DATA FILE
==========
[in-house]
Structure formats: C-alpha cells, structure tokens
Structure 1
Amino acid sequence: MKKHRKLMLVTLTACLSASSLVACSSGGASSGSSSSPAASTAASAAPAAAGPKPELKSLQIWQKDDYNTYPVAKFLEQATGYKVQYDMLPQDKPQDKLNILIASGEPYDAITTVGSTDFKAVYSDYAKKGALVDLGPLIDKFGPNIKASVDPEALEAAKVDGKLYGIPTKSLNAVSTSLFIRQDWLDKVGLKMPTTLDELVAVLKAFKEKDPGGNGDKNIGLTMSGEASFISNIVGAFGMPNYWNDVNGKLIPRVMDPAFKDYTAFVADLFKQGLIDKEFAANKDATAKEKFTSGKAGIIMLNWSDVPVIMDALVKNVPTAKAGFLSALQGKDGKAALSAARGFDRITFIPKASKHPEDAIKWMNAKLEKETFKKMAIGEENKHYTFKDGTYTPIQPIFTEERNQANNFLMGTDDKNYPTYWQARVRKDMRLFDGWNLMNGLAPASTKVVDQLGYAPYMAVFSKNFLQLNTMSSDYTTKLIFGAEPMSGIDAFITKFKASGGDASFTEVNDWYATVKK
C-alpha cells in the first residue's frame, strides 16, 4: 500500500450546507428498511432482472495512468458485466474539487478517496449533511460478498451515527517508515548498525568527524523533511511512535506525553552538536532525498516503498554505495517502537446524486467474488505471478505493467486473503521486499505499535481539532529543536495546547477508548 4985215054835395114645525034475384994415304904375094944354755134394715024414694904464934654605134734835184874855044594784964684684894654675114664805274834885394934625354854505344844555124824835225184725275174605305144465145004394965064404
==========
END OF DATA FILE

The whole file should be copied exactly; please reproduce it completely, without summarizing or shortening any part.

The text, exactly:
[in-house]
Structure formats: C-alpha cells, structure tokens
Structure 1
Amino acid sequence: MKKHRKLMLVTLTACLSASSLVACSSGGASSGSSSSPAASTAASAAPAAAGPKPELKSLQIWQKDDYNTYPVAKFLEQATGYKVQYDMLPQDKPQDKLNILIASGEPYDAITTVGSTDFKAVYSDYAKKGALVDLGPLIDKFGPNIKASVDPEALEAAKVDGKLYGIPTKSLNAVSTSLFIRQDWLDKVGLKMPTTLDELVAVLKAFKEKDPGGNGDKNIGLTMSGEASFISNIVGAFGMPNYWNDVNGKLIPRVMDPAFKDYTAFVADLFKQGLIDKEFAANKDATAKEKFTSGKAGIIMLNWSDVPVIMDALVKNVPTAKAGFLSALQGKDGKAALSAARGFDRITFIPKASKHPEDAIKWMNAKLEKETFKKMAIGEENKHYTFKDGTYTPIQPIFTEERNQANNFLMGTDDKNYPTYWQARVRKDMRLFDGWNLMNGLAPASTKVVDQLGYAPYMAVFSKNFLQLNTMSSDYTTKLIFGAEPMSGIDAFITKFKASGGDASFTEVNDWYATVKK
C-alpha cells in the first residue's frame, strides 16, 4: 500500500450546507428498511432482472495512468458485466474539487478517496449533511460478498451515527517508515548498525568527524523533511511512535506525553552538536532525498516503498554505495517502537446524486467474488505471478505493467486473503521486499505499535481539532529543536495546547477508548 4985215054835395114645525034475384994415304904375094944354755134394715024414694904464934654605134734835184874855044594784964684684894654675114664805274834885394934625354854505344844555124824835225184725275174605305144465145004394965064404